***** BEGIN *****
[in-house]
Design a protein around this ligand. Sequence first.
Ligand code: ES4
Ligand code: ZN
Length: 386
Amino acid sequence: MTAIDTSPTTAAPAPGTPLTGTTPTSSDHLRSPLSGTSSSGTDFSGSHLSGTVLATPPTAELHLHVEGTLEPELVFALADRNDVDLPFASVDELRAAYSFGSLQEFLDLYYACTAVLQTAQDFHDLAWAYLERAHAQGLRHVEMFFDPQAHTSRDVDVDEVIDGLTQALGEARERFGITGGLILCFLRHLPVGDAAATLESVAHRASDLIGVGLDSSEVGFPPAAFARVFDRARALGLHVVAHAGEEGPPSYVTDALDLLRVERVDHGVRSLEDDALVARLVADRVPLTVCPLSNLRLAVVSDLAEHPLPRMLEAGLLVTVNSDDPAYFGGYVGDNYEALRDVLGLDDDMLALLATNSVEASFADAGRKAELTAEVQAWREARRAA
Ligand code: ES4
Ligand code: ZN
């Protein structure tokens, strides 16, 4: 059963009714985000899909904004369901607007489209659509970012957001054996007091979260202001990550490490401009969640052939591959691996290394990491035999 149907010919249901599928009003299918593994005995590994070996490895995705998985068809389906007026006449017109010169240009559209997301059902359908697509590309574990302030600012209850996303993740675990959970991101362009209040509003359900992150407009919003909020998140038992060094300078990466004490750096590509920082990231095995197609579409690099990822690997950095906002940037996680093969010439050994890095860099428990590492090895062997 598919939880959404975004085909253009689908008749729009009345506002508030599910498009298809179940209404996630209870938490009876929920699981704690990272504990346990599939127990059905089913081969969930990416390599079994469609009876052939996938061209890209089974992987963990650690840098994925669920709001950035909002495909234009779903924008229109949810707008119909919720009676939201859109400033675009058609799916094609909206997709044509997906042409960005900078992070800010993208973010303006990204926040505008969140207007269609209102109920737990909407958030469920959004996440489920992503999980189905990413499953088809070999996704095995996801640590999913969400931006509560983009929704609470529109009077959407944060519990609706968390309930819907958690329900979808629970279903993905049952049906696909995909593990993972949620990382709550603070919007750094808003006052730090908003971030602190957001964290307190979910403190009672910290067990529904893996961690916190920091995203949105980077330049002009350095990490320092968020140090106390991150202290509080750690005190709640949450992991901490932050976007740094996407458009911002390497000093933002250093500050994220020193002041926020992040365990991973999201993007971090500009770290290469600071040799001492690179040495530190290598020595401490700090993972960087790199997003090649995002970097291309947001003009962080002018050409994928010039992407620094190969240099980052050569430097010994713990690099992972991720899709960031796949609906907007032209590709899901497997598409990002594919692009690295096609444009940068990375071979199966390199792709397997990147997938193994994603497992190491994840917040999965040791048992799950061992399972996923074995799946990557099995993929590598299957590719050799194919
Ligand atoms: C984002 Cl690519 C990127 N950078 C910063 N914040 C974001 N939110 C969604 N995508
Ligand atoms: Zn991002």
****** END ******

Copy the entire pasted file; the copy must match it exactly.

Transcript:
[in-house]
Design a protein around this ligand. Sequence first.
Ligand code: ES4
Ligand code: ZN
Length: 386
Amino acid sequence: MTAIDTSPTTAAPAPGTPLTGTTPTSSDHLRSPLSGTSSSGTDFSGSHLSGTVLATPPTAELHLHVEGTLEPELVFALADRNDVDLPFASVDELRAAYSFGSLQEFLDLYYACTAVLQTAQDFHDLAWAYLERAHAQGLRHVEMFFDPQAHTSRDVDVDEVIDGLTQALGEARERFGITGGLILCFLRHLPVGDAAATLESVAHRASDLIGVGLDSSEVGFPPAAFARVFDRARALGLHVVAHAGEEGPPSYVTDALDLLRVERVDHGVRSLEDDALVARLVADRVPLTVCPLSNLRLAVVSDLAEHPLPRMLEAGLLVTVNSDDPAYFGGYVGDNYEALRDVLGLDDDMLALLATNSVEASFADAGRKAELTAEVQAWREARRAA
Ligand code: ES4
Ligand code: ZN
């Protein structure tokens, strides 16, 4: 059963009714985000899909904004369901607007489209659509970012957001054996007091979260202001990550490490401009969640052939591959691996290394990491035999 149907010919249901599928009003299918593994005995590994070996490895995705998985068809389906007026006449017109010169240009559209997301059902359908697509590309574990302030600012209850996303993740675990959970991101362009209040509003359900992150407009919003909020998140038992060094300078990466004490750096590509920082990231095995197609579409690099990822690997950095906002940037996680093969010439050994890095860099428990590492090895062997 598919939880959404975004085909253009689908008749729009009345506002508030599910498009298809179940209404996630209870938490009876929920699981704690990272504990346990599939127990059905089913081969969930990416390599079994469609009876052939996938061209890209089974992987963990650690840098994925669920709001950035909002495909234009779903924008229109949810707008119909919720009676939201859109400033675009058609799916094609909206997709044509997906042409960005900078992070800010993208973010303006990204926040505008969140207007269609209102109920737990909407958030469920959004996440489920992503999980189905990413499953088809070999996704095995996801640590999913969400931006509560983009929704609470529109009077959407944060519990609706968390309930819907958690329900979808629970279903993905049952049906696909995909593990993972949620990382709550603070919007750094808003006052730090908003971030602190957001964290307190979910403190009672910290067990529904893996961690916190920091995203949105980077330049002009350095990490320092968020140090106390991150202290509080750690005190709640949450992991901490932050976007740094996407458009911002390497000093933002250093500050994220020193002041926020992040365990991973999201993007971090500009770290290469600071040799001492690179040495530190290598020595401490700090993972960087790199997003090649995002970097291309947001003009962080002018050409994928010039992407620094190969240099980052050569430097010994713990690099992972991720899709960031796949609906907007032209590709899901497997598409990002594919692009690295096609444009940068990375071979199966390199792709397997990147997938193994994603497992190491994840917040999965040791048992799950061992399972996923074995799946990557099995993929590598299957590719050799194919
Ligand atoms: C984002 Cl690519 C990127 N950078 C910063 N914040 C974001 N939110 C969604 N995508
Ligand atoms: Zn991002």